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Staging methodologies are an essential tool in the assessment of disease severity in progressive dementing illness. Several different instruments have been developed for this purpose. One of the most widely used methodologies is the Global Deterioration Scale/Functional Assessment Staging (GDS/FAST) system. This system has been studied extensively and(More)
To address the issue of mild, moderate, and severe Alzheimer's disease (AD), it is necessary to initially establish some agreement on terminology. In recent decades, these terms have frequently been defined using screening instrument scores with measures such as the Mini-Mental State Examination (MMSE). There are many problems with this approach, perhaps(More)
Much has been learned about the clinical symptomatology of Alzheimer's disease (AD) and ontogenic reciprocal relationships in the past few decades. It is now possible to describe and verify inexorable symptomatic sequences and corresponding temporal relationships. It is also possible to identify more variable symptoms in AD. Ontogenic models can be useful(More)
Data from clinical, electrophysiologic, neurophysiologic, neuroimaging and neuropathologic sources indicates that the progression of brain aging and Alzheimer's disease (AD) deterioration proceeds inversely to human ontogenic acquisition patterns. A word for this process of degenerative developmental recapitulation, "retrogenesis", has been proposed. These(More)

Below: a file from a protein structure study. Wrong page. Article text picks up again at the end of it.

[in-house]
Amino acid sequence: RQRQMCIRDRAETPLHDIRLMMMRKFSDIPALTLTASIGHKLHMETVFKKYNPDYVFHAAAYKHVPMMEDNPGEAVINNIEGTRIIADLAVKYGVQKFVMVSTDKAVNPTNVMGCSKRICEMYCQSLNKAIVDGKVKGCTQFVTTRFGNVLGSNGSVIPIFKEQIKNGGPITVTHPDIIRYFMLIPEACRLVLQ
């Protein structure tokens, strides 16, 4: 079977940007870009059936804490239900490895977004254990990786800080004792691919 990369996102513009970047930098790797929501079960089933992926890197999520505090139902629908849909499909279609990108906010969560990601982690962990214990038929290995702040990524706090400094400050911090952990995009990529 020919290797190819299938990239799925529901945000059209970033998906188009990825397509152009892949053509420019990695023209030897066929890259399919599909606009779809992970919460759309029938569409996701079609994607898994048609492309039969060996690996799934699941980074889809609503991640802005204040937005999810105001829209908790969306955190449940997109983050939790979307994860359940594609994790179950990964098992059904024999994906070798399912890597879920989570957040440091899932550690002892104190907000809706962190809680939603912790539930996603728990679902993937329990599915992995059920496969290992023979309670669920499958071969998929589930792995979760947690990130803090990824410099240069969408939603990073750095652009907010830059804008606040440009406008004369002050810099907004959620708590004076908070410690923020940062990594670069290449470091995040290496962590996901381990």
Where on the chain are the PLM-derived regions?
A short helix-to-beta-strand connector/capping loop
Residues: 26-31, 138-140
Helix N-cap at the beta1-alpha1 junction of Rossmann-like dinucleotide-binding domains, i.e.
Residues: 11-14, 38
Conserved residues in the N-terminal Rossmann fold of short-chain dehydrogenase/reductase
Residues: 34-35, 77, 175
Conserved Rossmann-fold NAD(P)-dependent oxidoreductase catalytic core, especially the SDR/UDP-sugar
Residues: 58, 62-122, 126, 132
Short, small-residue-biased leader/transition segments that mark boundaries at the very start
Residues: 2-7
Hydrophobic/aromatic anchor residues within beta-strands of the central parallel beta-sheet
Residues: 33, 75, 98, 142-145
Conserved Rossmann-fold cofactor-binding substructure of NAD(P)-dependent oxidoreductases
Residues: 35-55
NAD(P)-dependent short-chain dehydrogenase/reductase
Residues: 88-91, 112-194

A clinician should not rely entirely upon a caregiver's report regarding behavioral pathology when planning a treatment strategy. Direct observational evaluation instruments as well as caregiver-based assessments are necessary. A new scale for the empirical (observational) evaluation of behavioral symptoms in Alzheimer's disease (AD) and related dementias,(More)
The Behavioral Pathology in Alzheimer's Disease Rating Scale (BEHAVE-AD) is a well-established instrument, designed to assess potentially remediable behavioral symptoms in Alzheimer's disease (AD) patients as well as to evaluate treatment outcome. It consists of 25 symptoms grouped into seven categories. Each symptom is scored on the basis of severity on a(More)
Behavioral disturbances in dementia are some of the most burden-some features with which the caregivers must cope. These symptoms are particularly important because they are likely to be responsive to both pharmacological and nonpharmacological intervention strategies. Before the 1980s, rating scales for patients suffering from dementia did not separate(More)
We investigated the reliability, using a telephone interview procedure, of cognitive, functional, and behavioral scales in an elderly population with normal aging and dementia. Two clinicians performed the assessments: one performed the assessments in a telephone interview format and the other conducted the assessments at the clinic. The telephone interview(More)
BACKGROUND General relationships between dotage and infancy and childhood have been acknowledged for more than two millennia. Recent findings indicate precise relationships between functional, praxic, and feeding changes in the course of the degenerative dementia of Alzheimer's disease (AD) and inverse corresponding developmental sequences. Similar inverse(More)